Should I get a dog?
So the time has come.. .you’re thinking about dog ownership and need some help deciding whether you should get a dog.
This guide will help you ask yourself the important questions. Whether you’re considering getting a puppy or rehoming an adult dog, it should help you make informed decisions about the next big step.
What dog is right for me?
Before deciding exactly what dog might be right for you or focusing on choosing a dog breed, we would recommend asking yourself the following key questions. Getting a puppy or an adult dog is a big commitment - possibly of up to 15 or 20 years - so it’s important to think it through carefully and getting a dog should never be an impulse decision.
Have I considered all the costs?
With the prices of puppies at the moment exceptionally high, a lot of people are focused on saving up for that initial cost. However, once you have your new dog, there are a lot of additional costs you need to be prepared for. The PDSA estimate that owning a dog can cost up to £30,000 over their lifetime! So here’s the costs to think about:
- The initial purchase or adoption fee of a puppy or adult dog
- Insurance, annual vaccinations, flea and worm treatment, neutering, vet bills, grooming, travel documentation if your dog travels with you, Kennel Club registration for a pedigree
- Feeding, treats, collars, leads, shampoo, brushes, comfortable bedding, feeding bowls, poo bags
- Training sessions, agility classes
- Dog care costs (although this is where BorrowMyDoggy can help!)
Given these costs, it might be worth drawing up a rough budget before committing to getting a dog.
Do I have space for a dog?
Dogs can live fulfilled and happy lives in lots of different environments - but consider the space you have when choosing a dog.
Many dogs will fare better in a home where they have access to a secure garden. The size of the space is important but also ensure your place is safe for dogs.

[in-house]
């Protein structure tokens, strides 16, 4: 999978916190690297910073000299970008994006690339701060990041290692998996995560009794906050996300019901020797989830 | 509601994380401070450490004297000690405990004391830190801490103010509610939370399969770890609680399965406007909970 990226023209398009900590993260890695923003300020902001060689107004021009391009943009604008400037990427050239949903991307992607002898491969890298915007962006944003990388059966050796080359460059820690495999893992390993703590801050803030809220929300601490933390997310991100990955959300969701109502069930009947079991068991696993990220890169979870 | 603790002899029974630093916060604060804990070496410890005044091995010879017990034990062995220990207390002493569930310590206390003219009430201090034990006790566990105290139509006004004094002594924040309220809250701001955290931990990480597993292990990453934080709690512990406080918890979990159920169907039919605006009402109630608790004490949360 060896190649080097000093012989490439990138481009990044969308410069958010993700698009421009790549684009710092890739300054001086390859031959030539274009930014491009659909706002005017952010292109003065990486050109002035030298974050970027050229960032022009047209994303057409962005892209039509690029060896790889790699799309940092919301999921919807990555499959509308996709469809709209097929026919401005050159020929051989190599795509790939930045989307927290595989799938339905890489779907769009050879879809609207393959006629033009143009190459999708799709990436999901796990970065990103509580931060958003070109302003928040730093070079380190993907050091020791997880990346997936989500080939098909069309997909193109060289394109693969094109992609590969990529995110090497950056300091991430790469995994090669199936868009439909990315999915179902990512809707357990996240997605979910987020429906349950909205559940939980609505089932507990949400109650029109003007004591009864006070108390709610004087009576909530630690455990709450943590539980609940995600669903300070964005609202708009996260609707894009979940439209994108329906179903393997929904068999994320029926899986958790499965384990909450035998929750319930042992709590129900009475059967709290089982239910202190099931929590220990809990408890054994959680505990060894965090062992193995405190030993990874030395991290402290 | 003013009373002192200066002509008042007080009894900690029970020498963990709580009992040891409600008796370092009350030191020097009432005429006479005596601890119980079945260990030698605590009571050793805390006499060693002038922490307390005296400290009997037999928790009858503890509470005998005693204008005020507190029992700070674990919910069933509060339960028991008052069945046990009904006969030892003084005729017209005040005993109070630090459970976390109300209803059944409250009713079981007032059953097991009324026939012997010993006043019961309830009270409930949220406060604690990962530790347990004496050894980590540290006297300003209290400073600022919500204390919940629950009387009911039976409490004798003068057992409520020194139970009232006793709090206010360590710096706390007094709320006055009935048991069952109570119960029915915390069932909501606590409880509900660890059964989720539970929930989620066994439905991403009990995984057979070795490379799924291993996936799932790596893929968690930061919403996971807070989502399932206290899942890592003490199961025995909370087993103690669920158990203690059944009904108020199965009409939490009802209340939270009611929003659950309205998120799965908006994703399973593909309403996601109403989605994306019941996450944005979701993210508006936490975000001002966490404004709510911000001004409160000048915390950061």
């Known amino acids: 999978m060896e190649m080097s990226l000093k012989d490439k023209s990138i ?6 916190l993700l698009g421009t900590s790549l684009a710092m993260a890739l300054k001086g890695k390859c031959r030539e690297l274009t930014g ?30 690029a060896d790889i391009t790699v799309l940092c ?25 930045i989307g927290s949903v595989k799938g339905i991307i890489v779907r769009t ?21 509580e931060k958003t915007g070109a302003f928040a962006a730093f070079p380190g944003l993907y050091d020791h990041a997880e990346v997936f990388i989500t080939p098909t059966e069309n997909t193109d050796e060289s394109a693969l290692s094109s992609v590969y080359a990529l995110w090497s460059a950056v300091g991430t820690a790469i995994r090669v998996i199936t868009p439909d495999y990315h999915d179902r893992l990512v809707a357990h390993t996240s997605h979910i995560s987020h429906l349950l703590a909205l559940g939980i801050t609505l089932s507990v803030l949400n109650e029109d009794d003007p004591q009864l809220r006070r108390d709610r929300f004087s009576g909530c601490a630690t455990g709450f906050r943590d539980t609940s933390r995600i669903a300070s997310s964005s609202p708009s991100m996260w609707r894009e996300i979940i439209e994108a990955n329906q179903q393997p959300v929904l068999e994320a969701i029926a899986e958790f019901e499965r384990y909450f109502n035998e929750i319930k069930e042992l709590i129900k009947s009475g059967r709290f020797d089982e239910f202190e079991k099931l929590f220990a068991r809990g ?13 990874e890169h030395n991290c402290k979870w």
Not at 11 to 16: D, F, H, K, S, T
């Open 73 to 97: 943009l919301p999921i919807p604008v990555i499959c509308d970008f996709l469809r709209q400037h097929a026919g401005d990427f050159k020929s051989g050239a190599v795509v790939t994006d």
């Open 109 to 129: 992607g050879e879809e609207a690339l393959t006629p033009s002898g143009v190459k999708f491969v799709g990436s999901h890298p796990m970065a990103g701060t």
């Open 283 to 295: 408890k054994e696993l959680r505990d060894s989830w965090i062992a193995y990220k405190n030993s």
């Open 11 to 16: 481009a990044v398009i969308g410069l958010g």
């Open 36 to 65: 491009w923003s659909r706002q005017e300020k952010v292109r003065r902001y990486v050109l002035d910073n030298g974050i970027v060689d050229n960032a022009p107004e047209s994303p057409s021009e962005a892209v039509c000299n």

If you rent your home, you will need to check with your landlord as some do not allow pets or require an additional pet deposit (also consider this if you move frequently).
The space you have can also affect the type of breed you are looking for. Larger dogs physically take up more space, so may need a larger home.
Do I have time to exercise and care for a dog?
The amount of exercise a dog needs will largely depend on its breed, age and fitness, but all dogs will need to be taken out daily and given plenty of mental stimulation to keep them happy. Most dogs get bored if they only have access to a garden.
Choosing a dog based on the amount of exercise you have time for and are fit for could be a good starting point when considering different breeds of dog.
For example, active families may be suited to an active dog that enjoys running, or if you are less active, a dog that needs less exercise and prefers to laze about for most of the day may be a better choice!
Some questions to help think this through include:
- Do you work full time?
- How will your future dog fit into your normal daily routine?
- Are you willing and able to change your routine to keep your dog happy?
Will I like owning a dog?
Perhaps a silly sounding question, but some members of the BorrowMyDoggy community have borrowed dogs as a good way to test run if they’d like to own their own dog. Or to check if they’re really ready for the full-time commitment).
Borrowing different kinds of dogs can be a good way to see how compatible you are and how you might fit them into your routine.